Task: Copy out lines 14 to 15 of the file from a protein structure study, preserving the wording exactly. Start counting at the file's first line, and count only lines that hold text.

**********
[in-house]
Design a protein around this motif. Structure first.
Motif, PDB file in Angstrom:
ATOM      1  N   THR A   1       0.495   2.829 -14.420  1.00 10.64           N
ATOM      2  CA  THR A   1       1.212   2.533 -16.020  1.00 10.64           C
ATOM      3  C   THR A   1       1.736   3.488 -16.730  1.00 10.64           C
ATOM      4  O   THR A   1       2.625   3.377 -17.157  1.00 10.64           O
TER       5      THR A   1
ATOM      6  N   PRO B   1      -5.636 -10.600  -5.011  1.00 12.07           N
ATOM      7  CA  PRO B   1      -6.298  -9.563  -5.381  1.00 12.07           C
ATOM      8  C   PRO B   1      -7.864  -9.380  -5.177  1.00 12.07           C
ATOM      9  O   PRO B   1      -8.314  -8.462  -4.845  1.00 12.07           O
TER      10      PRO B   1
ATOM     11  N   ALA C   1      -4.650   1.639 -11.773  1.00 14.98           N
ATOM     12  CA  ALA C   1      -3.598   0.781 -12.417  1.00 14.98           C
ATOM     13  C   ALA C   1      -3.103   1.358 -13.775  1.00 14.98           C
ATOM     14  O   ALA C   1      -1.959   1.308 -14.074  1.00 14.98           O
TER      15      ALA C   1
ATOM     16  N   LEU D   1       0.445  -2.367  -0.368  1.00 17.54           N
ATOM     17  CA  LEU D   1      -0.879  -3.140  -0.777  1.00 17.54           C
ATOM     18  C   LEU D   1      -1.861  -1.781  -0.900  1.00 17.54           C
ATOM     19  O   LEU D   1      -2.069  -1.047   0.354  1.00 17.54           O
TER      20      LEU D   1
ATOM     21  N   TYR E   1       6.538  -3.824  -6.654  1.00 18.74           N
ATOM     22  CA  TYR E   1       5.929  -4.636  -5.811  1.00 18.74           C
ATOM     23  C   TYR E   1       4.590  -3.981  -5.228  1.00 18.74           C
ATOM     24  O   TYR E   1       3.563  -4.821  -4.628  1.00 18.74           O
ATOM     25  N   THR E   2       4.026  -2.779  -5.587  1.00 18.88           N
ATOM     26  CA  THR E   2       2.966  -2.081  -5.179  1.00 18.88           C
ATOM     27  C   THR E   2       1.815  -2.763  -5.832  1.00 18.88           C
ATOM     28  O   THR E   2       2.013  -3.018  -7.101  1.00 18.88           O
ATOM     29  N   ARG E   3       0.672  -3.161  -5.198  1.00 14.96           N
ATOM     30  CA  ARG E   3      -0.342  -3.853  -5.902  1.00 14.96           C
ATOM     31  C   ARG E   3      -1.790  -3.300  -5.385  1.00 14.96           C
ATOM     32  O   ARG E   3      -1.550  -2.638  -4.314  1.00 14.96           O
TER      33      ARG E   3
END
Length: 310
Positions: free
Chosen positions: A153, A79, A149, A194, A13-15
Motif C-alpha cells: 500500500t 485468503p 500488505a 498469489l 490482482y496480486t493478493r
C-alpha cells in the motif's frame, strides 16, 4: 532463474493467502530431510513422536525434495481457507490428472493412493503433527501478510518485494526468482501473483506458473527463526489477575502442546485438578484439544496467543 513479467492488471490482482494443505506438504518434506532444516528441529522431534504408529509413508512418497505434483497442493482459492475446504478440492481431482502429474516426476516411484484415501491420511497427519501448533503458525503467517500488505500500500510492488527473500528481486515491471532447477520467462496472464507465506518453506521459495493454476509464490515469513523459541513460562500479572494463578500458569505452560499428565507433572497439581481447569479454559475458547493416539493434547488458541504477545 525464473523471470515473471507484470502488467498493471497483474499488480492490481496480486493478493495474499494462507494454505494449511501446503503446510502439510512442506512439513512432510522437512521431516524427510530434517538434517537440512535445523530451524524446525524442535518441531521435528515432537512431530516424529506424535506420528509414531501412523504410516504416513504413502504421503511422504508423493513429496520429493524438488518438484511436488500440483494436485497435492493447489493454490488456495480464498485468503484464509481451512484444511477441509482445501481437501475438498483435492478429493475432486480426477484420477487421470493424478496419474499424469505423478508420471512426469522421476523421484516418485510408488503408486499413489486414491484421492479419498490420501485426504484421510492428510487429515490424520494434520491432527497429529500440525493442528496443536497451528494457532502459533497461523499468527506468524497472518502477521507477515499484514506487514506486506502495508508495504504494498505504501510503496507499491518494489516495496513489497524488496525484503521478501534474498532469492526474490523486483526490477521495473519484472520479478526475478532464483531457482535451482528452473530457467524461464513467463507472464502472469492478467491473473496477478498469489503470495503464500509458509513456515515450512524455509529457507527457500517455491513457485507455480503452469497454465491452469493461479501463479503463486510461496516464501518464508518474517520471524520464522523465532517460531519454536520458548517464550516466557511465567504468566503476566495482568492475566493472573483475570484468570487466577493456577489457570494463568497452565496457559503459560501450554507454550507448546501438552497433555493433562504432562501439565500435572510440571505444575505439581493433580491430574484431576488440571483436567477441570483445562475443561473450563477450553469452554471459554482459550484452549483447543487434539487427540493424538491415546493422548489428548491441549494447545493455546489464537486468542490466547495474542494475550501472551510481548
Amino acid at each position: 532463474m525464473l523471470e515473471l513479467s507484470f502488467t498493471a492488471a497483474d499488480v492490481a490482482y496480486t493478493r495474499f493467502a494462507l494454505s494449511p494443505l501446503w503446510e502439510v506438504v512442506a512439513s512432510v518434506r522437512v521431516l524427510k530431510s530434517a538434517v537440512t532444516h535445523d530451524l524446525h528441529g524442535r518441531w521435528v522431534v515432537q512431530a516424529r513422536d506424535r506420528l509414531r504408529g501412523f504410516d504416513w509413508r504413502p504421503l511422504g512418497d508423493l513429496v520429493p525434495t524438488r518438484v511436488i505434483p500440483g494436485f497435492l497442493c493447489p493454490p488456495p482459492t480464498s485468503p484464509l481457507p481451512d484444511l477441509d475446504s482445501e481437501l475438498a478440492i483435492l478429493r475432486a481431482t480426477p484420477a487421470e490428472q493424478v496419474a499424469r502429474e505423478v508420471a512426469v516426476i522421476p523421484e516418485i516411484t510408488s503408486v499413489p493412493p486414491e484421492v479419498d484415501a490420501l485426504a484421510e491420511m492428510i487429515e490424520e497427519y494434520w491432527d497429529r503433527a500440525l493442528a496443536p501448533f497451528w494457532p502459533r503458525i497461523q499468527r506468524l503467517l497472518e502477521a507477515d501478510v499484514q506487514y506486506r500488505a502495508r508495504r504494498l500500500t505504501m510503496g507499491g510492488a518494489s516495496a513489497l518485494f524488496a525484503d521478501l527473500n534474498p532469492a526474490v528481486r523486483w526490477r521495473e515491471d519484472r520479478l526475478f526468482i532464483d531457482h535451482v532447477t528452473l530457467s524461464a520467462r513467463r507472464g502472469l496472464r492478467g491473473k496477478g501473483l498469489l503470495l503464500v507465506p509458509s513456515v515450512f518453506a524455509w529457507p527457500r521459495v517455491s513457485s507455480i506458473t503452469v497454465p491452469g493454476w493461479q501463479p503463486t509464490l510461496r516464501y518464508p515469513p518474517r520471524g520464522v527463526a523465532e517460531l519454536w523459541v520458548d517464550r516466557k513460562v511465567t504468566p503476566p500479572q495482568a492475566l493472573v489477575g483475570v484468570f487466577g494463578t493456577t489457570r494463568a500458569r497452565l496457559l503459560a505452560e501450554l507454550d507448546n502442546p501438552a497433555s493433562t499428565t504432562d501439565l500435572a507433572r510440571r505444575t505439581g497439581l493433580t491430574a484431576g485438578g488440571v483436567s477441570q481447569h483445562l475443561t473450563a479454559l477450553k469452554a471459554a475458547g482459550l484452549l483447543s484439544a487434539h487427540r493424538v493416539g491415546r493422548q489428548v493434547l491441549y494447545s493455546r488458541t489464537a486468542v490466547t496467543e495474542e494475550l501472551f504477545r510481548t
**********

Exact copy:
ATOM     11  N   ALA C   1      -4.650   1.639 -11.773  1.00 14.98           N
ATOM     12  CA  ALA C   1      -3.598   0.781 -12.417  1.00 14.98           C